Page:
Thanks to congressional confirmation of Stan Baker as a federal district judge within the Southern District of Georgia, dozens of cases have been reassigned to another magistrate judge in order to keep the wheels of justice moving. During this process, the court received several bond motions in a couple multi-defendant matters.

Mark Peter Coville, one of the accused in the Kings Bay nuclear weapons protest case, asked the court to allow him a temporary medical release from jail for a medical procedure scheduled for Sept. 20. In the motion, he asked for the waiver of ankle monitoring, curfew, home confinement and cash bond.

“As the court knows, I have not previously sought release,” Coville, who is pro se, wrote. “The only reason I am now seeking a period of temporary release is to address a serious medical issue that has been identified in the course of my incarceration. Subsequent to a doctor visit while in custody of the Glynn County Detention Center, I have been informed that I need to have a surgical procedure done and that time is of the essence.

“It is my intention to return to pretrial detention after the procedure and follow-up. I am without the financial ability or means to pay a cash deposit to secure my pretrial release or pay for ongoing ankle monitoring. It is also not clear how ankle monitoring may interfere with the medical attention which is the reason for my release.”

Coville also noted that ankle monitoring could be a problem within the hospital, and that, along with curfew or home confinement requirements, would be an unnecessary burden. U.S. District Court Judge Lisa Godbey Wood, though, after reading the motion and the sealed supporting documentation, ruled the medical records “describe a non-emergent and minor procedure.”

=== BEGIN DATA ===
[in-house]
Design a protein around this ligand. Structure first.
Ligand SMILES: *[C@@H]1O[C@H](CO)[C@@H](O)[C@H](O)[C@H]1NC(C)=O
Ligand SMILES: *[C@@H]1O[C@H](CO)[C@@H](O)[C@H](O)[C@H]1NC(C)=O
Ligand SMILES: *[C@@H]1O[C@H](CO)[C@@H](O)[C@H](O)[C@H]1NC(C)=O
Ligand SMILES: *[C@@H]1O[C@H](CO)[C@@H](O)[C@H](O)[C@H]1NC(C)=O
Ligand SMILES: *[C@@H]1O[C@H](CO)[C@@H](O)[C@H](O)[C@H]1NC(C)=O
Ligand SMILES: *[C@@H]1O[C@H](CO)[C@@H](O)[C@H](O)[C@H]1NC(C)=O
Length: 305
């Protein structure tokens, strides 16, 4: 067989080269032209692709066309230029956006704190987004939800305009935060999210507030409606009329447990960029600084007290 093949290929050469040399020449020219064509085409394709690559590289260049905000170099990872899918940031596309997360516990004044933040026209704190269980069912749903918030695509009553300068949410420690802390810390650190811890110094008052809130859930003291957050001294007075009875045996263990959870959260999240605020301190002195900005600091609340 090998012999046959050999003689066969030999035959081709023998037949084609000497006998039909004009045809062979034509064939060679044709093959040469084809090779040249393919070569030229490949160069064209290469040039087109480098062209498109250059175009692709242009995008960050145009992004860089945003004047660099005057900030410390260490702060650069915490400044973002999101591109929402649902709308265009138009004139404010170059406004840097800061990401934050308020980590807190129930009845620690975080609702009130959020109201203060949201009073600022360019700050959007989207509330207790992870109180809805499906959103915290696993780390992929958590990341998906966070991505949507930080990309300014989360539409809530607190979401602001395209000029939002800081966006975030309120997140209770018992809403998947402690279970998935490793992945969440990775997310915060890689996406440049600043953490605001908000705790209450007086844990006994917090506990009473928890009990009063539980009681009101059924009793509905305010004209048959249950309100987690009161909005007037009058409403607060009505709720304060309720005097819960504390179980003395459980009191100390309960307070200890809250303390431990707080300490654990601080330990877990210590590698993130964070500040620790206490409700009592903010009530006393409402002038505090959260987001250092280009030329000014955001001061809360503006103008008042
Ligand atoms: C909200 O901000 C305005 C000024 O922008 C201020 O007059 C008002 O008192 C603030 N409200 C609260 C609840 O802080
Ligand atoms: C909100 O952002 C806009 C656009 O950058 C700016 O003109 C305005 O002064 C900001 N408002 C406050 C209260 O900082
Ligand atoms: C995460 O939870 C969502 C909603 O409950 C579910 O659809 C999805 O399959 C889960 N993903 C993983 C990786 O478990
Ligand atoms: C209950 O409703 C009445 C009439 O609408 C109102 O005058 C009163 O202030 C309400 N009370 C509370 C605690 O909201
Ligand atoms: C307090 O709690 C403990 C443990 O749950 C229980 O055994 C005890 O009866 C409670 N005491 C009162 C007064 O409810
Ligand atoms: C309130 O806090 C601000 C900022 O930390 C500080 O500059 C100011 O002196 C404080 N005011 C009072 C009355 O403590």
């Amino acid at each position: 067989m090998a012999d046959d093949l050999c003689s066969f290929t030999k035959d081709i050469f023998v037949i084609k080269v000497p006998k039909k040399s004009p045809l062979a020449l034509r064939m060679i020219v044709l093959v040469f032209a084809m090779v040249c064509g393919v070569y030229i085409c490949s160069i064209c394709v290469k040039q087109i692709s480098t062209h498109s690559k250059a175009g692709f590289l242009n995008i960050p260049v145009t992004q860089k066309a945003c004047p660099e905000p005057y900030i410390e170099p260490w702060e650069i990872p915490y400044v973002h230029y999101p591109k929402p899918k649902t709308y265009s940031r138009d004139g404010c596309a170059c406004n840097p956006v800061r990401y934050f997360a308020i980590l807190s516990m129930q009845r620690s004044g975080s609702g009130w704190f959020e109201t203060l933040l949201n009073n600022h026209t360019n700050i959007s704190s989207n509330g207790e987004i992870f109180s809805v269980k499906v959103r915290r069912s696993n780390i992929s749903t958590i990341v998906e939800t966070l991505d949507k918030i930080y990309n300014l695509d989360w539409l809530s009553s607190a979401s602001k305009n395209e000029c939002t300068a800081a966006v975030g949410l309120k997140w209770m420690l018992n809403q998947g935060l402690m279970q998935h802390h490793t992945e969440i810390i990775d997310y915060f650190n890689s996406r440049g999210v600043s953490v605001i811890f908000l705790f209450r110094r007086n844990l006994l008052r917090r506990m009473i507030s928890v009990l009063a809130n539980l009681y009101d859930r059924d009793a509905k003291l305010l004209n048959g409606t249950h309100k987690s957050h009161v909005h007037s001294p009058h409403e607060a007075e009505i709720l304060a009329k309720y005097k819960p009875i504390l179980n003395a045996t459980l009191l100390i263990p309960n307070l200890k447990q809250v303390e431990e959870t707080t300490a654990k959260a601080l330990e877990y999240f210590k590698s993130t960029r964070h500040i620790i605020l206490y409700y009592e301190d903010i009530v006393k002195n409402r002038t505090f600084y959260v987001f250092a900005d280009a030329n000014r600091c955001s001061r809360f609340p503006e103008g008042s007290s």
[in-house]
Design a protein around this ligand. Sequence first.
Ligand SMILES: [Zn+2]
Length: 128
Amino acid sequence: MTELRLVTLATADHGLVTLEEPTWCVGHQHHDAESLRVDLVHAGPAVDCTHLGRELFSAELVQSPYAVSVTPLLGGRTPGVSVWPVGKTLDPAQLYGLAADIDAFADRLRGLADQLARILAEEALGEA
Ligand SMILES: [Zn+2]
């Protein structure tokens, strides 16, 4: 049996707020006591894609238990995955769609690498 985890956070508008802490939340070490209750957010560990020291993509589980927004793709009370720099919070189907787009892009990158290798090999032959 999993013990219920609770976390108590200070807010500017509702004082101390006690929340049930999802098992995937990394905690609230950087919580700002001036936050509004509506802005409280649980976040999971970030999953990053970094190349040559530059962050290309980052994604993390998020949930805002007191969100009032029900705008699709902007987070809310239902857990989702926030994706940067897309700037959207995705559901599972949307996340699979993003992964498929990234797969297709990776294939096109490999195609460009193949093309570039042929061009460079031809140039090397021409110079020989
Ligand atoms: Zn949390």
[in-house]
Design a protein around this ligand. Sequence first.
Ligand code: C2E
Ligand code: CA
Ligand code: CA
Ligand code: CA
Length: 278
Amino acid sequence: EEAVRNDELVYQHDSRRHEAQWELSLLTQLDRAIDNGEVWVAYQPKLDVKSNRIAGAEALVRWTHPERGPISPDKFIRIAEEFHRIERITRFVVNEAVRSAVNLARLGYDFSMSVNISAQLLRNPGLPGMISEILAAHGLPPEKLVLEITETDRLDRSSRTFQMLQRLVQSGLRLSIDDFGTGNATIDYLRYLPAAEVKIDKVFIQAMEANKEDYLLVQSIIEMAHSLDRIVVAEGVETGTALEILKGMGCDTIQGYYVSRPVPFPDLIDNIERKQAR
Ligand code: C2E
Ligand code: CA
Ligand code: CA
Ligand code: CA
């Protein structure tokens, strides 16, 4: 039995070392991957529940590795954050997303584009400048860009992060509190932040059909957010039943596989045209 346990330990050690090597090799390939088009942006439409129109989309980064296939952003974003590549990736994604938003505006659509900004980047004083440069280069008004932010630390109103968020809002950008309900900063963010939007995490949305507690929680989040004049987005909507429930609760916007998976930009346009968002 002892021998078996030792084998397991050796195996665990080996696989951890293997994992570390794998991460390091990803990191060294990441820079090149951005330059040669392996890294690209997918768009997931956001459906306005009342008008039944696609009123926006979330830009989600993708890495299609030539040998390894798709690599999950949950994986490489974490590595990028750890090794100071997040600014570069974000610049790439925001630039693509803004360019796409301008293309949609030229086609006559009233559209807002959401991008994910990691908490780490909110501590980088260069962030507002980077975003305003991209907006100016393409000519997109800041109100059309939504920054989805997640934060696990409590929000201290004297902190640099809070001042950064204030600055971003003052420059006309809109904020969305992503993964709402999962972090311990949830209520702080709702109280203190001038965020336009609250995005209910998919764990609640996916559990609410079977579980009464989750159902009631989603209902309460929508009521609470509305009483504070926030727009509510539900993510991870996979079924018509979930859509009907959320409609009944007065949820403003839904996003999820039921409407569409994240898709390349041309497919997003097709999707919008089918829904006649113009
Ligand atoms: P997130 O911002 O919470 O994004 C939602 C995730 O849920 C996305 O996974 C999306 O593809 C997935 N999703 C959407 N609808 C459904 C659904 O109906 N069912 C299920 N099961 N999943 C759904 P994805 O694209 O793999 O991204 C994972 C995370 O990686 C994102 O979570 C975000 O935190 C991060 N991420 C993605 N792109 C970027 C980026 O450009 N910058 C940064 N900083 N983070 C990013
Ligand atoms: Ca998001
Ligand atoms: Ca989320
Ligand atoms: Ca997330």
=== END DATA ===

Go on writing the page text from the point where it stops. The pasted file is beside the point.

Days later, Coville was able to get someone else to post the $5,000 he needed for pretrial release.

In the Glynn County drug shed case, Anthony Bernard Lewis and Edrin Temple made separate requests for bond. Lewis’ attorney states in the motion that he’s not a flight risk, is a local resident with family in the area, poses no risk of intimidating witnesses and knows someone locally who will be responsible for making sure he’s at any hearing.

Temple’s motion notes at the time of his arraignment in April, he was serving a state sentence that rendered a federal bond moot, but since then, he believes he’s completed his state sentence and requests pretrial release.

Both men are charged with conspiracy to possess with intent to distribute and distributing cocaine, crack and marijuana. Temple has an additional charge of possession of cocaine with intent to distribute, while Lewis has an additional charge of illegal use of a phone. The court has yet to rule on their motions.

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